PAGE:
Re: Newton's article
- --- In civilwarwest@y..., Jfepperson@a... wrote:
>studies at West
> > "Johnston derived his perspective on war from his original
> > Point in the late 1820s where the relevant influence was notDennis Hart
> > Mahan, but John Michael O'Connor."him
> > Since much of Newton's theory is based on O'Conner's and through
> > Frederick the Great's influence on JJ, it begs the question: howcould both
> > Johnston - one of the CWs most reluctant warriors and champion ofdefensive
> > strategy and Robert E. Lee, innovative and offensive-minded havegraduated in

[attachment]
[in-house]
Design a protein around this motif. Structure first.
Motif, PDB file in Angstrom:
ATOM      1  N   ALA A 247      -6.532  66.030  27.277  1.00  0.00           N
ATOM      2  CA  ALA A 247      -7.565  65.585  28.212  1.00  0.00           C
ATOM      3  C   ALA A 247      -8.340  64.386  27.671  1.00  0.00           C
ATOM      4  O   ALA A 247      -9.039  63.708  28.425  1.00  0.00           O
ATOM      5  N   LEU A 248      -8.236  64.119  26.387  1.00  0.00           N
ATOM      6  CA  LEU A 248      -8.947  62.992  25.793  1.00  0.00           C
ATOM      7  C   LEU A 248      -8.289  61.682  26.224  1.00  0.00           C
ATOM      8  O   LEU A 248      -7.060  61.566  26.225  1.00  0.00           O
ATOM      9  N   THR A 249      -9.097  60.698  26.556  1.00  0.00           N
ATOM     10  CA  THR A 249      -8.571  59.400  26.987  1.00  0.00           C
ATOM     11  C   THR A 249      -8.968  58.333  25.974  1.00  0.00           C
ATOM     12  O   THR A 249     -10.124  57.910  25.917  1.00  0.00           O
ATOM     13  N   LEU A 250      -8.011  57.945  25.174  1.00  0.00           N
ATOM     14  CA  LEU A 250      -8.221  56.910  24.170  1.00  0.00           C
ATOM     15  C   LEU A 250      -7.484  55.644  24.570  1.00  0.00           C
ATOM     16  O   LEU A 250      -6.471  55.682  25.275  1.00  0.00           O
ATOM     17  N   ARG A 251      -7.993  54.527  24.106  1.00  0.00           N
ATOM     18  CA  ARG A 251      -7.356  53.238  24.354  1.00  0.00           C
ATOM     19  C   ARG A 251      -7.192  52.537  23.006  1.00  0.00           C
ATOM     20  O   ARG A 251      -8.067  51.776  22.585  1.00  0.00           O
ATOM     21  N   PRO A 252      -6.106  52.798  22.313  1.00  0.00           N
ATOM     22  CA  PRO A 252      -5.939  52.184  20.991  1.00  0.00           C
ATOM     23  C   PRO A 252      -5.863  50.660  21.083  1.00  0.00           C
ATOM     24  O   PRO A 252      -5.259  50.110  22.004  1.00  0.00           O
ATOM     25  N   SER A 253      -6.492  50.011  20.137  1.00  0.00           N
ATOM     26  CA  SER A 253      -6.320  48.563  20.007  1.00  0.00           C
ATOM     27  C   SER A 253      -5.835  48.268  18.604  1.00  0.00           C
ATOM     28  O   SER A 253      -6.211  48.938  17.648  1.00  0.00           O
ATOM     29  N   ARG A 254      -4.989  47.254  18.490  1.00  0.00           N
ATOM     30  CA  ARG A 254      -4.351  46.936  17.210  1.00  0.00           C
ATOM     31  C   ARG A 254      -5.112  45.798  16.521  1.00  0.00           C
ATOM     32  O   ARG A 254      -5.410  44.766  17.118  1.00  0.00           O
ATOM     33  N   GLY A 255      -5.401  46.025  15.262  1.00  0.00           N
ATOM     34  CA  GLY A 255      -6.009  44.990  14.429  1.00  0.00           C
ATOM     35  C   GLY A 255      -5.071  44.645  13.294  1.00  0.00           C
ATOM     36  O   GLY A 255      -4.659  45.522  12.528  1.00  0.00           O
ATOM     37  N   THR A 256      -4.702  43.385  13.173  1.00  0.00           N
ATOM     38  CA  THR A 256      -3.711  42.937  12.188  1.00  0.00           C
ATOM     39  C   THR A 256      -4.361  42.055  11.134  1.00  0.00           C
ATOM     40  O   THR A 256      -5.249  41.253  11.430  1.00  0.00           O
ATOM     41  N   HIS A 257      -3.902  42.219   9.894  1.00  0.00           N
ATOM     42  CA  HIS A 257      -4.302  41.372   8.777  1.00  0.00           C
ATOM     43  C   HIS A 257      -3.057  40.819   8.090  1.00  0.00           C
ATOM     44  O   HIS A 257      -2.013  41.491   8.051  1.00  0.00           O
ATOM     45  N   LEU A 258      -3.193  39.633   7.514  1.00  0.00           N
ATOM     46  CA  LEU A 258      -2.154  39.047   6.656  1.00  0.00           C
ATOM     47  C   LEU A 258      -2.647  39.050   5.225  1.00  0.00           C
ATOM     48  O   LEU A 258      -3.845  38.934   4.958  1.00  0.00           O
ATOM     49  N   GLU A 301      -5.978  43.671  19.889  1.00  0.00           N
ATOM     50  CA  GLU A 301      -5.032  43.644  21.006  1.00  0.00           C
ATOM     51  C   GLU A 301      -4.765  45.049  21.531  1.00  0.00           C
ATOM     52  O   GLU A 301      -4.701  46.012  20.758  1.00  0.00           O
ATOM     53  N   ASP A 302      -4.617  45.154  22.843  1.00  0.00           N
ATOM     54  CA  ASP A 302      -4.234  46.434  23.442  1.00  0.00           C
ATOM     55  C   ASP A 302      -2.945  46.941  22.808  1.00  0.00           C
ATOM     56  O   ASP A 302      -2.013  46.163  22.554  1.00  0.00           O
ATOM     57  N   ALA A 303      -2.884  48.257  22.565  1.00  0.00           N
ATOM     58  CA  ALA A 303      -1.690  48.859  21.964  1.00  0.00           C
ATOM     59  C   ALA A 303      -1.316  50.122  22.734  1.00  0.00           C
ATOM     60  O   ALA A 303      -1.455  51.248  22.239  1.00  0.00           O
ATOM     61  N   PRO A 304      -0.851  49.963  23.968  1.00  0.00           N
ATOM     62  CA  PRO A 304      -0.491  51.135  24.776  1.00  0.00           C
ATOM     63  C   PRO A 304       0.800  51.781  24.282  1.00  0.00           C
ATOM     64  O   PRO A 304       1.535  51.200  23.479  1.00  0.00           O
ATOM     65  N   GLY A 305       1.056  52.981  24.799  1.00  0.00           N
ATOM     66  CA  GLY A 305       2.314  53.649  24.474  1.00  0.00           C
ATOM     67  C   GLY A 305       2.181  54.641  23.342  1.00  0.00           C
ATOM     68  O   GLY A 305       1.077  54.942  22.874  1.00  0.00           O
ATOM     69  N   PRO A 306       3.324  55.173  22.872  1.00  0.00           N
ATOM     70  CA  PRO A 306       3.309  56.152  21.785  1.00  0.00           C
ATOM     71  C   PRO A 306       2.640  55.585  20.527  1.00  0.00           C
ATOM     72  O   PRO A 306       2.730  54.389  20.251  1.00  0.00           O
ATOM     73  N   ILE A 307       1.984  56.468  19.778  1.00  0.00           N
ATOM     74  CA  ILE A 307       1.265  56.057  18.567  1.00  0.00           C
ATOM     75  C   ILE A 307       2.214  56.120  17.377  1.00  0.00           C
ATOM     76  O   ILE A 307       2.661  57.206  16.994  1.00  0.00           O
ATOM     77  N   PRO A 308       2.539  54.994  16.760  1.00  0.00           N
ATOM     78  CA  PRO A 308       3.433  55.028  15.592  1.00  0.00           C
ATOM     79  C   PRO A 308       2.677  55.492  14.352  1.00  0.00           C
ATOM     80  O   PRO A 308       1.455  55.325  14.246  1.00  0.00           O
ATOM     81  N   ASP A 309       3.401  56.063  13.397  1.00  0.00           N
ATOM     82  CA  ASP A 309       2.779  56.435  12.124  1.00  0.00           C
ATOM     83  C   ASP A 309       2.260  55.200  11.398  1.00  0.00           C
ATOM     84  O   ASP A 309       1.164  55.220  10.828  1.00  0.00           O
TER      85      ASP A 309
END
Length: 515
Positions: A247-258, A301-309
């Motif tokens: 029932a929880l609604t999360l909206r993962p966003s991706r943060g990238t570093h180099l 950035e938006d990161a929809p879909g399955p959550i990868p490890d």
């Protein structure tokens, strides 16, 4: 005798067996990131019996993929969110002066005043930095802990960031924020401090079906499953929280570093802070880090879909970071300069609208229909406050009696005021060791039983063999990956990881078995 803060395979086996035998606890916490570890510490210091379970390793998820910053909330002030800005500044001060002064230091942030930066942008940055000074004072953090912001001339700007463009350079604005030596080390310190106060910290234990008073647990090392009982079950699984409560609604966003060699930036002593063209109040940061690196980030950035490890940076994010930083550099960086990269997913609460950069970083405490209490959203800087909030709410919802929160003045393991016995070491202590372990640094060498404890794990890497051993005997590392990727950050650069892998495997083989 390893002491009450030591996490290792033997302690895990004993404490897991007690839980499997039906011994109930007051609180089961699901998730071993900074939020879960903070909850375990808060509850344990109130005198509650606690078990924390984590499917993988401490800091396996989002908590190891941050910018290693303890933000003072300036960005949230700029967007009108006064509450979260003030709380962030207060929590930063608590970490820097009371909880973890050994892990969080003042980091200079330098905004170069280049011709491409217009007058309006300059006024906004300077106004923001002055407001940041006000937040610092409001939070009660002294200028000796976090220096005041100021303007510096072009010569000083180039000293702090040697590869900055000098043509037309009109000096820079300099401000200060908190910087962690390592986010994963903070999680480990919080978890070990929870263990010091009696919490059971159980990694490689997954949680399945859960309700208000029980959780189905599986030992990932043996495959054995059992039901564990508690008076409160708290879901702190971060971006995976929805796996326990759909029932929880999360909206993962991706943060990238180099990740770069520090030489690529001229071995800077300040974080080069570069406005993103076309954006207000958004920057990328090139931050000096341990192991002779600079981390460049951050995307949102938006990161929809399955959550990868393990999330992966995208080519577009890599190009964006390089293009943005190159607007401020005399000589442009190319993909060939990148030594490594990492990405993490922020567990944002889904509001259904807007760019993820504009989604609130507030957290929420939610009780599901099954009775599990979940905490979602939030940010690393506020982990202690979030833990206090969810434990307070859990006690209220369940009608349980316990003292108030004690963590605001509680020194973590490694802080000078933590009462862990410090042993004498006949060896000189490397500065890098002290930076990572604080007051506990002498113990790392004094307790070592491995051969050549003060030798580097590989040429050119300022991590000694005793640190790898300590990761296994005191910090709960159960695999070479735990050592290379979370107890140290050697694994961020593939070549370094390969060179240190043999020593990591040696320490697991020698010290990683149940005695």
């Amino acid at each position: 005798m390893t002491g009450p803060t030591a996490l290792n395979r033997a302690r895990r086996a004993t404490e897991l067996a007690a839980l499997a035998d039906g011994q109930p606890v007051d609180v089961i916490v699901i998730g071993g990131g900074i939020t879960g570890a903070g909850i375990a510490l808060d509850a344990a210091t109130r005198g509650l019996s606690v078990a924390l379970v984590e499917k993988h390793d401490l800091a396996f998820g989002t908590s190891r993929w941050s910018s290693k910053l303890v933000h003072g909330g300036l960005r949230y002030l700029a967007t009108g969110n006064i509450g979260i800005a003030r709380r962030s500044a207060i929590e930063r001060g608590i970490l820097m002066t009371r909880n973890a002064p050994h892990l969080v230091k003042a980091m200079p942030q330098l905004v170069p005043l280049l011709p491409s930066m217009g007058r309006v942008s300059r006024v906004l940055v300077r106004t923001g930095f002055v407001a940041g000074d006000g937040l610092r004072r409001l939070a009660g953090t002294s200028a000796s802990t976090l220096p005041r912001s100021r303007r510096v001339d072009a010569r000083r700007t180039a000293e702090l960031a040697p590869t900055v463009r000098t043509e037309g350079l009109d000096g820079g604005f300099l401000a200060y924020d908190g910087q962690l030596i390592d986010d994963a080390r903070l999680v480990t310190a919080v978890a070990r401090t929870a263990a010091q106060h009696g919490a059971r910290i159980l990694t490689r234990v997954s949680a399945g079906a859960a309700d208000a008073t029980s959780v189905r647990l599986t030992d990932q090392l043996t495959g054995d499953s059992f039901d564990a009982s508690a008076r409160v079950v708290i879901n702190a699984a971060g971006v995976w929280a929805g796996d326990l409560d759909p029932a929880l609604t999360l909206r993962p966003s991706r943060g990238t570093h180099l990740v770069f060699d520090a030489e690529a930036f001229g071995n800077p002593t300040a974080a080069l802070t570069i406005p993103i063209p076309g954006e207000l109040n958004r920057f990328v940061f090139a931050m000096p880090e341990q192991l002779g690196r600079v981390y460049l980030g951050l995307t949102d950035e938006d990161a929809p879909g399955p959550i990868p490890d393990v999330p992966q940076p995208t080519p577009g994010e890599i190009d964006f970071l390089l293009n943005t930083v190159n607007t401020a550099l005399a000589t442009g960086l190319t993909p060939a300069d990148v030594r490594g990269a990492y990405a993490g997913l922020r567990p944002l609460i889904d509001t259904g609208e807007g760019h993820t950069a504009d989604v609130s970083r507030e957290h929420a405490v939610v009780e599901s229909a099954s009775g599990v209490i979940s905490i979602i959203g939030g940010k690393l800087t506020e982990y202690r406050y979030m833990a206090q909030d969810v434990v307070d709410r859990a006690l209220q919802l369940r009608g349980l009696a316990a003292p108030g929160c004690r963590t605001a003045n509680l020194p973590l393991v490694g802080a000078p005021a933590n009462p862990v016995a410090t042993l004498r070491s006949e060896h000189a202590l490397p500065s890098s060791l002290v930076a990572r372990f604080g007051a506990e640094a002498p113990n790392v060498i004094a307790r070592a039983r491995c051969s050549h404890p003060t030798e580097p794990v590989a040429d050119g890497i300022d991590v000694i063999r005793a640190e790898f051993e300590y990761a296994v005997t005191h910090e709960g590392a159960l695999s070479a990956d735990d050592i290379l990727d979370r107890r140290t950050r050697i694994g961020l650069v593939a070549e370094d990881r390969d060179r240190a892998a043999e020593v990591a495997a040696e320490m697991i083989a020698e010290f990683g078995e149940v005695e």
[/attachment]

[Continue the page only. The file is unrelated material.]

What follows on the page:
> > the same year with diametrically opposed attitudes andperspective?
> This is really not all that hard to accept, but it requires
> speculating that JEJ was more studious of military history
> than was REL. IOW, if JEJ had devoted more time and mental
> effort to reading O'Conner than did REL, then it would explain
> how the two men came away from their educational
> experiences with different foundations.
There's basis for this. When one reads Volume 1 of Douglas S.
Freeman's _R. E. Lee: A Biography,_ one comes away with the feeling
R. E. Lee was not the most diligent student of military history. He
read what he needed to for class, but he was more interested in
studying the exploits of his father in the Revolutionary War.